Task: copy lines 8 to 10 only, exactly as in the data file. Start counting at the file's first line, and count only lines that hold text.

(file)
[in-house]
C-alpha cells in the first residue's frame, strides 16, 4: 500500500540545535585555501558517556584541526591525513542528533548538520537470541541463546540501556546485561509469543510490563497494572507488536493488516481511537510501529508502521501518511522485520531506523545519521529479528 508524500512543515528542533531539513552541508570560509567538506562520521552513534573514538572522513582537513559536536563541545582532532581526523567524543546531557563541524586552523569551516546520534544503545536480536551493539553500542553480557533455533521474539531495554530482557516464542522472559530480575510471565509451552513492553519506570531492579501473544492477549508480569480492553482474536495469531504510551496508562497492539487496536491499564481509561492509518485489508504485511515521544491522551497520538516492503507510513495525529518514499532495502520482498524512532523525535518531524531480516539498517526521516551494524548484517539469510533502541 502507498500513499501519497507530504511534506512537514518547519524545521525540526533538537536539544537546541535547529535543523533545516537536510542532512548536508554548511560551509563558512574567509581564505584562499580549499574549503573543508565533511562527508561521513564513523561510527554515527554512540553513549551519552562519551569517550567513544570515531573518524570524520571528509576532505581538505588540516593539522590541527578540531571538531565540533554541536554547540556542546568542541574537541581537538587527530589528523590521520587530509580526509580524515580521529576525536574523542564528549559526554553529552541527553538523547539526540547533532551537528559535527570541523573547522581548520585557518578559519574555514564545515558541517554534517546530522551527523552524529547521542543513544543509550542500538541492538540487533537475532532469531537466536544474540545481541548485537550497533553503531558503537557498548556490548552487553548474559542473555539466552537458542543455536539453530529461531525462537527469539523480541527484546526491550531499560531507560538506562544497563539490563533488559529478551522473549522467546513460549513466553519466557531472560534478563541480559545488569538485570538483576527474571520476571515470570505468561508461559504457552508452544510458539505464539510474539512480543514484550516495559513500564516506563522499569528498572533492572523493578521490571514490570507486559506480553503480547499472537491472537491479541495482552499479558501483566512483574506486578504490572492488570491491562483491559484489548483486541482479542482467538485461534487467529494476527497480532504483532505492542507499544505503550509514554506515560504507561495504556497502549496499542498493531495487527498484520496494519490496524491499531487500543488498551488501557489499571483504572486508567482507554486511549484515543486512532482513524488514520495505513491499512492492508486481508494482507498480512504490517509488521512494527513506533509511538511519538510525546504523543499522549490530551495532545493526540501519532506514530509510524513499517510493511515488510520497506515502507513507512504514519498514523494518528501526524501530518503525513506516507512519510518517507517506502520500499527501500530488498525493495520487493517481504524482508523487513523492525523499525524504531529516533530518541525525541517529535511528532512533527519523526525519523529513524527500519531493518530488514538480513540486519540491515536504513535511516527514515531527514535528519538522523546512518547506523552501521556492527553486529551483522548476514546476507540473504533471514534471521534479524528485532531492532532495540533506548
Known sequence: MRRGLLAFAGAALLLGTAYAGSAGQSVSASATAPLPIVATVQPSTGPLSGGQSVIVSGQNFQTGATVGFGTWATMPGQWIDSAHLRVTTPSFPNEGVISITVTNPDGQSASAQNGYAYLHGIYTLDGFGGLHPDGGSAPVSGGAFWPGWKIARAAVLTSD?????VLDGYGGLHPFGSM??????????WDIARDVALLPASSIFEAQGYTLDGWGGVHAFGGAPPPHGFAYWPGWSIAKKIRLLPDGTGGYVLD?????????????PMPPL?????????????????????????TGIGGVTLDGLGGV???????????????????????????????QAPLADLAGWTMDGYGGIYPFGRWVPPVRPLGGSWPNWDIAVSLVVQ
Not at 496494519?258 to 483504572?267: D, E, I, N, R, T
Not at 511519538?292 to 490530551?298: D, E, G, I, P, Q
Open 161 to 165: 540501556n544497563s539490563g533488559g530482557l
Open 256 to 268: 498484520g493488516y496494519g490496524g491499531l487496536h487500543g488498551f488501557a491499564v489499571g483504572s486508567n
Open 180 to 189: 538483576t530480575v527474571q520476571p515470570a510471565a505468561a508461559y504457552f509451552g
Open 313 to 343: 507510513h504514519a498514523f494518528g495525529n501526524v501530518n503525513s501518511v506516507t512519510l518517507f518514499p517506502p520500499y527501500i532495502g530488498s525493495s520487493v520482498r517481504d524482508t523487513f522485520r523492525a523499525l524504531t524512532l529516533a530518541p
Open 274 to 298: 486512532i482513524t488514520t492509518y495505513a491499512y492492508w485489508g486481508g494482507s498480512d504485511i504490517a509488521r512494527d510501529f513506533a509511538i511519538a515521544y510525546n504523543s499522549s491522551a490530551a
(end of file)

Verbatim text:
Open 180 to 189: 538483576t530480575v527474571q520476571p515470570a510471565a505468561a508461559y504457552f509451552g
Open 313 to 343: 507510513h504514519a498514523f494518528g495525529n501526524v501530518n503525513s501518511v506516507t512519510l518517507f518514499p517506502p520500499y527501500i532495502g530488498s525493495s520487493v520482498r517481504d524482508t523487513f522485520r523492525a523499525l524504531t524512532l529516533a530518541p
Open 274 to 298: 486512532i482513524t488514520t492509518y495505513a491499512y492492508w485489508g486481508g494482507s498480512d504485511i504490517a509488521r512494527d510501529f513506533a509511538i511519538a515521544y510525546n504523543s499522549s491522551a490530551a